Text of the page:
'Justified' postmortem: Joelle Carter on working with Mary Steenburgen and Ava's crumbling exit plan | EW.com

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'Justified' postmortem: Joelle Carter on working with Mary Steenburgen and Ava's crumbling exit plan

(James Minchin/FX)

Spoiler alert! Joelle Carter, who plays Ava Crowder on FX’s Justified, joined us again this week to talk about the fourth episode of the final season and how Ava’s plans are starting to fall apart. If you haven’t watched the episode yet, you might want to stop reading right about now…

Entertainment Weekly: Between last week’s bourbon drinking with Boyd and this week’s cocaine snorting with Katherine Hale, it seems like Ava’s new role is to be perpetually intoxicated.
Joelle Carter: [Laughs.] I think she needs it; she needs the escape. I feel like with Katherine… or with both of them, maybe, it’s more of her making the best of a situation. She’s no foreigner to drinking. And I think that was just an important moment for Boyd and Ava to start working their way back to each other, because it takes down some walls, and hopefully she doesn’t let other information slip out. It’s a good setup for this episode, where she’s trying to get closer to Boyd, whether for her own reasons, or the need of another physical being, or because they do still love each other. There’s a lot going on there.

It seems a lot more unclear this episode about what Ava’s intentions with Boyd are.
I honestly think there’s a part of her that truly desires him to figure it out. You know, “figure it out, Boyd, and get us out of this situation. Work your magic and let’s run.” And that would be okay. The other scenario is, “can I trust you Raylan? If I go through with this, are you going to keep me out of prison, take care of me, and give me that fresh start that you promised me?” She’s really confused about where to lay her loyalty, and also living with the history of these two men and the actual feelings of love and hate for both of them.

And then Katherine Hale walks in and poses a whole new threat, just like Avery Markham did last week. Ava’s situation just keeps getting worse.
What I liked about Katherine Hale is that it starts off very intimidating, and then these two women really just respect and enjoy each other throughout the episode. They have this little heist. And maybe she’s looking at her and wondering, maybe this is who I’m going to become. Or, can I become this woman?

I was trying to figure out all episode if Katherine had these sinister intentions or if she was just mentoring Ava because she sees something in her that she sees in herself. It felt like she was showing Ava the kind of life she could have if she would toughen up a bit.
Yes, and Mary and I both felt like, as we were going on, that we loved working with one another, but we also loved these two characters together. I was wondering, can Katherine and Ava just take over Harlan and get rid of all these men who are complicating everything?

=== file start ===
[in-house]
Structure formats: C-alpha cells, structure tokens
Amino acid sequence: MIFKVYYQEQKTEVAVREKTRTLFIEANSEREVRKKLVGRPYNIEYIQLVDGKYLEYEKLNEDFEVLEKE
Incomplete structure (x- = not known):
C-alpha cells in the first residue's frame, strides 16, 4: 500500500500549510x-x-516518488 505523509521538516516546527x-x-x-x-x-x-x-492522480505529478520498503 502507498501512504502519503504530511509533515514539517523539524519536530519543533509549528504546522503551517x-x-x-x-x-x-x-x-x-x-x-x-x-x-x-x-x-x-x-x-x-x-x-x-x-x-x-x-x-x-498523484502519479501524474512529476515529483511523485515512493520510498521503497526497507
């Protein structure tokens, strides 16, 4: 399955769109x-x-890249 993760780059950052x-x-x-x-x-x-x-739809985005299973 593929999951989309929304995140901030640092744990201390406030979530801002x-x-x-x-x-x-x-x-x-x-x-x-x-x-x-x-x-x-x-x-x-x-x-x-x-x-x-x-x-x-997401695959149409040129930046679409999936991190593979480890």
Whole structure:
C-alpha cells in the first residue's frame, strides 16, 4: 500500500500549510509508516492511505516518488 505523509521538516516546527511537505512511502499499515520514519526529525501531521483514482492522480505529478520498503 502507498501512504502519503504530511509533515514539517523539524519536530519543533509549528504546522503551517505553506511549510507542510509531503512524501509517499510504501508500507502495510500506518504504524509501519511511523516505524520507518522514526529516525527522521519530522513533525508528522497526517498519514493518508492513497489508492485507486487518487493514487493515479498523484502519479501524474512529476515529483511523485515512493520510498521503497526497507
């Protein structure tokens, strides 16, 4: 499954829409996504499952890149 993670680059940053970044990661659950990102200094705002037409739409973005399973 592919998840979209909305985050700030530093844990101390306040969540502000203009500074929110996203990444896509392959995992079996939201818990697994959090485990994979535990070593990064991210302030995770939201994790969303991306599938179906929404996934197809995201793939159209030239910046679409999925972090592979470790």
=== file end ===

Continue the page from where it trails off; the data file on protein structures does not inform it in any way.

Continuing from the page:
That would be a great show! I would totally watch that.
Yeah! So, I think Katherine ends up getting what she wants. She ruffles Ava’s feathers and puts doubt in Ava’s mind. I mean, at the end of the episode, I think that’s the closest she’s come to telling Boyd the truth. Once Raylan can’t get her out of there quick enough, she’s done. She just wants to get out of there. It’s going to go down, and it’s not going to be good. And then there’s Boyd and he has a whole change of plans. His head’s been filled with the idea that they can have this picket fence again, and live in Harlan, and have that house that they love.

It seems like Boyd is being particularly imperceptive, maybe because of the pressure he’s under. He doesn’t seem to recognize that getting into the legal weed business and staying in Harlan is not something Ava wants.
Yeah, I mean, I think he has to believe that she would want that, unless he understood the situation that she is in. I think before prison, it would have been an ideal situation for them and for her, but now it’s not, and how does she go about explaining that to him?

I really thought she was going to tell him at the end of the episode. I was pretty convinced during that scene.
I think she was, but then he goes off on his tangent, and she realizes she can’t. I think to see his excitement and enthusiasm for this idea, that they can still make it there, and that his vision isn’t them escaping Harlan, it throws a wrench in the whole thing.

Mary Steenburgen was so great in this episode. Justified seems to do a great job with its guest stars, taking these actors who we know as generally sweet characters, like Margo Martindale or Michael Rapaport, and turning them into really sinister people.